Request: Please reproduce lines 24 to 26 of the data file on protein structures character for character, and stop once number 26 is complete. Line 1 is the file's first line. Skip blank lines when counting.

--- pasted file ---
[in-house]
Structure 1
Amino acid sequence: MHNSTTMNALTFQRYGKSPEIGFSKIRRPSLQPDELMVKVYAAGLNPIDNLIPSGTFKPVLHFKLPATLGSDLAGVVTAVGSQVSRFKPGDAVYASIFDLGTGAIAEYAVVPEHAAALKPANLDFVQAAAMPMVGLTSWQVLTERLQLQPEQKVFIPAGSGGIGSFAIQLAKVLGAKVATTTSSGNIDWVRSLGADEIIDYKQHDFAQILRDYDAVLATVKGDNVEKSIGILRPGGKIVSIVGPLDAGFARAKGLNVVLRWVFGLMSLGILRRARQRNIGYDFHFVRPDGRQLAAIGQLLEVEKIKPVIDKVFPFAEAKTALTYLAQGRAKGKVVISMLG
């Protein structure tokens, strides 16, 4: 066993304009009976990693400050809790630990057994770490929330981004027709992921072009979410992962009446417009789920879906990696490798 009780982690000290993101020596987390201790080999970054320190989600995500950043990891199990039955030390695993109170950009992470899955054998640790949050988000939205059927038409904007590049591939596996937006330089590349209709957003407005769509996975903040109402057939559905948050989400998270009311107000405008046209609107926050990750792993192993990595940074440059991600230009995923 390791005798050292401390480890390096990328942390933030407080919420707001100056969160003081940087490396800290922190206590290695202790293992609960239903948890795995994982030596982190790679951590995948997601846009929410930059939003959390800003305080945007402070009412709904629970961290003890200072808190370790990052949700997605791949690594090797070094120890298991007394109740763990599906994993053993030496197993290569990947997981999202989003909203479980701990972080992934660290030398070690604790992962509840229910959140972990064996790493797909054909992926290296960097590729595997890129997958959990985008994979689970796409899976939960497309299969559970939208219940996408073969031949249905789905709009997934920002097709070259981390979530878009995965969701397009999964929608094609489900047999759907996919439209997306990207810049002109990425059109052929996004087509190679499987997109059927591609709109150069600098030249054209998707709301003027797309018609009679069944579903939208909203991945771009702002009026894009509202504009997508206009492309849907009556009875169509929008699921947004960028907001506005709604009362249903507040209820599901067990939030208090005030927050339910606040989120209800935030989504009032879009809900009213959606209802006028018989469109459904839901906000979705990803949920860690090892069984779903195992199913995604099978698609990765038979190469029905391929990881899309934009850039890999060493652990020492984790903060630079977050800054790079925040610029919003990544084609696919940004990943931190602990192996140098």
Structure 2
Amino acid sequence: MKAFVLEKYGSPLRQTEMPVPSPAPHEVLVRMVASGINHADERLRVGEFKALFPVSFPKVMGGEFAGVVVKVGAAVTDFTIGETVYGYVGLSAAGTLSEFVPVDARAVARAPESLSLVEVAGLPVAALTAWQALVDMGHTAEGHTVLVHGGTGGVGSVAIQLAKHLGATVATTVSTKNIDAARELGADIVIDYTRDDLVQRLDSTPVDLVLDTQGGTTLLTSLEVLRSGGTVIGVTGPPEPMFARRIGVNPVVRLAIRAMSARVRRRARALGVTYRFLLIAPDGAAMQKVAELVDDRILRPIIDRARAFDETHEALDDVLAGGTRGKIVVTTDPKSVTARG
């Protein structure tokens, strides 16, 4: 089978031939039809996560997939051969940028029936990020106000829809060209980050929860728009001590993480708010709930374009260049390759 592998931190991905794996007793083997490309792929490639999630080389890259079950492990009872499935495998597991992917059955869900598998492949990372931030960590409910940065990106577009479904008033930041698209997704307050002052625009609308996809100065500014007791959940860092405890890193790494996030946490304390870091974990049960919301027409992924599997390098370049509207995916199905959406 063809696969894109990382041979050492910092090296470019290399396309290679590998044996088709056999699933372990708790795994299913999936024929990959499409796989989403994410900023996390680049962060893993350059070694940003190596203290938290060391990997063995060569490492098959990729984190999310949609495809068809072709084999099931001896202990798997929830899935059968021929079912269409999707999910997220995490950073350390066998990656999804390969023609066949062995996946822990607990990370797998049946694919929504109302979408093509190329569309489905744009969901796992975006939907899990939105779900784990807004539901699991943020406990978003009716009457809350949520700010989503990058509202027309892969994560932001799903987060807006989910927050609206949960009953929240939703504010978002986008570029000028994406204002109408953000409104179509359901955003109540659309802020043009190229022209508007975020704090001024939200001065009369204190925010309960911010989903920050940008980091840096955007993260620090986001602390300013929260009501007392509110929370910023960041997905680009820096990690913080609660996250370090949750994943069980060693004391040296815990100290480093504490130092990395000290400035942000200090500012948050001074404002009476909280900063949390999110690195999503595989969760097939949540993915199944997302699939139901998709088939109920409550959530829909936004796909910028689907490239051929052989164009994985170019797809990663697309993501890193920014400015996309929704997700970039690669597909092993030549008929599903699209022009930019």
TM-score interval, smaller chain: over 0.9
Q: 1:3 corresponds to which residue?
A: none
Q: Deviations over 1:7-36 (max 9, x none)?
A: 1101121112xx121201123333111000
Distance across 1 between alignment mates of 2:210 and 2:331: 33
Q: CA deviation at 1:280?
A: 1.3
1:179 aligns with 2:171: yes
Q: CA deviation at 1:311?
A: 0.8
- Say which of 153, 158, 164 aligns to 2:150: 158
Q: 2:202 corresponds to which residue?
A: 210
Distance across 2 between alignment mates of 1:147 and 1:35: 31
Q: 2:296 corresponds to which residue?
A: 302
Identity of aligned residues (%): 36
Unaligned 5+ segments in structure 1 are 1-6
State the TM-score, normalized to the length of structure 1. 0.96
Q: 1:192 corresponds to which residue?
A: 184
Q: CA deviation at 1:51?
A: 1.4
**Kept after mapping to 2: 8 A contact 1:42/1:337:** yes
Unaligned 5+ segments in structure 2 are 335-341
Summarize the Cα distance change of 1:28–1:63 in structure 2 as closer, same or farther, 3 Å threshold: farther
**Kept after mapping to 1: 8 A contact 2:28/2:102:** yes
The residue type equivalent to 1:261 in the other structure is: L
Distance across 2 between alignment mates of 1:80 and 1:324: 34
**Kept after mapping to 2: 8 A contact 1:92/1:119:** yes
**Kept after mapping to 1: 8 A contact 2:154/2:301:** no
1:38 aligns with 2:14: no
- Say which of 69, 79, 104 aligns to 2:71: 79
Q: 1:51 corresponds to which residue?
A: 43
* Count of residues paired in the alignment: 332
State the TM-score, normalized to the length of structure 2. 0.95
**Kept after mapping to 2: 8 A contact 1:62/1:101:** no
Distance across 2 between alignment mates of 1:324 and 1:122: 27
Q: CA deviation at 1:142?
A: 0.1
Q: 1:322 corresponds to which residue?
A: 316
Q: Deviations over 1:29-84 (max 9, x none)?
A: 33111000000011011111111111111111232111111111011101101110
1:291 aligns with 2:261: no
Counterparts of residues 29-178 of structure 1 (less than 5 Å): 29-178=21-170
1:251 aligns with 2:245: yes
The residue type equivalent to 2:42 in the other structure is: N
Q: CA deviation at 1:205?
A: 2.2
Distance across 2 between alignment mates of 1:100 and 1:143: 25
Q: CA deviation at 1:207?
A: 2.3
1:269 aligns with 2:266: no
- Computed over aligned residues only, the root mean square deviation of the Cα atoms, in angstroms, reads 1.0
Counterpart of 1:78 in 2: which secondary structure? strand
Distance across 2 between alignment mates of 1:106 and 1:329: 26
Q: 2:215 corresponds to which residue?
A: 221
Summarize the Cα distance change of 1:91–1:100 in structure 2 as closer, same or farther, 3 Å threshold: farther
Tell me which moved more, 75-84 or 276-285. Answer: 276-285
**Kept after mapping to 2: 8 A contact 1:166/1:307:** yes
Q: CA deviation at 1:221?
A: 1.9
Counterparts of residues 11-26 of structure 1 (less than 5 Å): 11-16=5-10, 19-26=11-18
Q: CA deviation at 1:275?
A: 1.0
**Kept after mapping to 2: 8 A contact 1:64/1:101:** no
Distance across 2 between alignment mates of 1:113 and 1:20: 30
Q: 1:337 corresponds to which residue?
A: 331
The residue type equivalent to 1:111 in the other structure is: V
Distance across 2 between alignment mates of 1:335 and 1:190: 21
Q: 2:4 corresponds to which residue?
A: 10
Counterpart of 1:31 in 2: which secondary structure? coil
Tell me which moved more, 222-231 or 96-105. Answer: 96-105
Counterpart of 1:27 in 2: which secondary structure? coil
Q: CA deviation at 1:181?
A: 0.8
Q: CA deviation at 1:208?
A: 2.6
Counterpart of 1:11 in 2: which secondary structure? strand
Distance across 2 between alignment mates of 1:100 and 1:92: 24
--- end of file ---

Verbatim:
A: 302
Identity of aligned residues (%): 36
Unaligned 5+ segments in structure 1 are 1-6